I think what really impressed me was Morgan’s ability to write from a male point of view and to have created these characters who are so authentic and believable. They are both flawed and not always gaining much empathy from the reader but they are always fascinating. I was impressed how well Morgan portrayed Konrad. He’s an ambitious creation but Morgan has crafted him well and he’s a memorable protagonist.

There is quite a wide range of characters who appear throughout the story but they all feel three dimensional and most importantly, they all feel appropriately threatening and unreliable.

Ultimately though, I think the best thing about this novel was it’s fierce energy, pace, drama and complexity. It’s the kind of book you realise you’re reading with your mouth half open because you are constantly in a state of tension, suspense, shock and disbelief. Morgan’s skill is in her execution of a surprisingly intricate plot that winds in and out of itself in a way that the reader could never second guess.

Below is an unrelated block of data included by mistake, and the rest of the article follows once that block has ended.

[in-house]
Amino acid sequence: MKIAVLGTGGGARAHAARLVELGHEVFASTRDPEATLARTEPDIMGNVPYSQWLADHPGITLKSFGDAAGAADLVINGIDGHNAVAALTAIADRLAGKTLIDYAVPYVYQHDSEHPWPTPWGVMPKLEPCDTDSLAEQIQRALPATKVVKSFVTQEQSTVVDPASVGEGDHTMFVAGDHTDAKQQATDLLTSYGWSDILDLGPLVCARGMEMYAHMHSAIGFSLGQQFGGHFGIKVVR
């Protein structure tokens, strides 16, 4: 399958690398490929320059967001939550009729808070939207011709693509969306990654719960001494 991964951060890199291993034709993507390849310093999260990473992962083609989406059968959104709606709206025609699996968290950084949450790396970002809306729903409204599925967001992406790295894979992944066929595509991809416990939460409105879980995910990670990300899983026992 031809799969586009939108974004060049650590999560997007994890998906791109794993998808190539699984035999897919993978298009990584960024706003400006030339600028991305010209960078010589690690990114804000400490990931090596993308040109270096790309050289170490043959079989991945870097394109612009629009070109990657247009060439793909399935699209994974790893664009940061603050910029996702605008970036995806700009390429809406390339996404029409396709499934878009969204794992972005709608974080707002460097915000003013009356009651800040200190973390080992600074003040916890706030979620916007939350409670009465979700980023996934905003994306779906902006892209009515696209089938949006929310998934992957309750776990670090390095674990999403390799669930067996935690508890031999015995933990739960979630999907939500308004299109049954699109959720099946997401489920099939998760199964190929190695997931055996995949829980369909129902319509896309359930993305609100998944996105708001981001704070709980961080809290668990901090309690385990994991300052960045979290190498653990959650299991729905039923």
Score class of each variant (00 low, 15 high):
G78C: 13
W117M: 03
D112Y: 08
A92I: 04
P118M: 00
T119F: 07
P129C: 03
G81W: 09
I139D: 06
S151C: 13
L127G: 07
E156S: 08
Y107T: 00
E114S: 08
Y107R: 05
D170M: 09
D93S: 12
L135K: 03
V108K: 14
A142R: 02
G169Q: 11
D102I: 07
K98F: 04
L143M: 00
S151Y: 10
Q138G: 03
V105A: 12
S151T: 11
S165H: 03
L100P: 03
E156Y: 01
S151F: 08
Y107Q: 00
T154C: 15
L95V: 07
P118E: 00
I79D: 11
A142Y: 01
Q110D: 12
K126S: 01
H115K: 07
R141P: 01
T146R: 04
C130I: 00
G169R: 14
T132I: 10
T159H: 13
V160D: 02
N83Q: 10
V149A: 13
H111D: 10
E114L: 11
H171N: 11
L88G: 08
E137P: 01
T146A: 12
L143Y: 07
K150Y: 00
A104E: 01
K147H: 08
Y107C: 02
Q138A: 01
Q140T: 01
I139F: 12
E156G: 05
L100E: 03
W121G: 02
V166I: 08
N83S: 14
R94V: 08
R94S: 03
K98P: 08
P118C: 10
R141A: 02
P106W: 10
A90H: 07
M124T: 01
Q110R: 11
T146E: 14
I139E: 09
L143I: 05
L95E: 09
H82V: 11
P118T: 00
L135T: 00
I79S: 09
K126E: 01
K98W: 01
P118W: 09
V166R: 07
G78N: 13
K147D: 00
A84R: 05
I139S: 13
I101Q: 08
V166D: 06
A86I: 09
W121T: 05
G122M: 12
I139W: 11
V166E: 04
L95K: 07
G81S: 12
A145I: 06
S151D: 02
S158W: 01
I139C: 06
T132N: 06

I was totally impressed with this stand alone thriller. It was very different from any other crime book I’ve read recently and knowing what I do now about the behaviour and personalities of the main characters, I might have been a little wary but actually, it’s a total page turner. It will leave you quite breathless.

I’m very much looking forward to seeing what Morgan might write next!

The Road to Publication is Filled with Serendipity by A.B. Morgan |

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Source: The Road to Publication is Filled with Serendipity by A.B. Morgan |